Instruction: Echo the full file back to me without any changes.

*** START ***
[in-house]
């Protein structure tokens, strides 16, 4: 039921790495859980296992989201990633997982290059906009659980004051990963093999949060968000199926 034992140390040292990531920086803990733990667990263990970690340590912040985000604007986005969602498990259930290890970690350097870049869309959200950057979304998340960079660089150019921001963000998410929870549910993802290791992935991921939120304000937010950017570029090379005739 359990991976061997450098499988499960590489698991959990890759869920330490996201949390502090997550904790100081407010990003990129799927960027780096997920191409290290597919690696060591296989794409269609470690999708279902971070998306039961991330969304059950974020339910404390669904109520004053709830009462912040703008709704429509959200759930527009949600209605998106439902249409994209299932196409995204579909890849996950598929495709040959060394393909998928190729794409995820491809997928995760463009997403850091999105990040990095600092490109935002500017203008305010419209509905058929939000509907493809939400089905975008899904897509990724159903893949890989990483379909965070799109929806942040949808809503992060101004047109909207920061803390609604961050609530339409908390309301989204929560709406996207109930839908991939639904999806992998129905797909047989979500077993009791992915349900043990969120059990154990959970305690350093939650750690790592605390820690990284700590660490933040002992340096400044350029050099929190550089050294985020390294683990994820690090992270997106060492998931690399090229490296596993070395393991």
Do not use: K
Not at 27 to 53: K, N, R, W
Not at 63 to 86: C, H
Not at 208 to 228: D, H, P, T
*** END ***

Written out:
[in-house]
């Protein structure tokens, strides 16, 4: 039921790495859980296992989201990633997982290059906009659980004051990963093999949060968000199926 034992140390040292990531920086803990733990667990263990970690340590912040985000604007986005969602498990259930290890970690350097870049869309959200950057979304998340960079660089150019921001963000998410929870549910993802290791992935991921939120304000937010950017570029090379005739 359990991976061997450098499988499960590489698991959990890759869920330490996201949390502090997550904790100081407010990003990129799927960027780096997920191409290290597919690696060591296989794409269609470690999708279902971070998306039961991330969304059950974020339910404390669904109520004053709830009462912040703008709704429509959200759930527009949600209605998106439902249409994209299932196409995204579909890849996950598929495709040959060394393909998928190729794409995820491809997928995760463009997403850091999105990040990095600092490109935002500017203008305010419209509905058929939000509907493809939400089905975008899904897509990724159903893949890989990483379909965070799109929806942040949808809503992060101004047109909207920061803390609604961050609530339409908390309301989204929560709406996207109930839908991939639904999806992998129905797909047989979500077993009791992915349900043990969120059990154990959970305690350093939650750690790592605390820690990284700590660490933040002992340096400044350029050099929190550089050294985020390294683990994820690090992270997106060492998931690399090229490296596993070395393991």
Do not use: K
Not at 27 to 53: K, N, R, W
Not at 63 to 86: C, H
Not at 208 to 228: D, H, P, T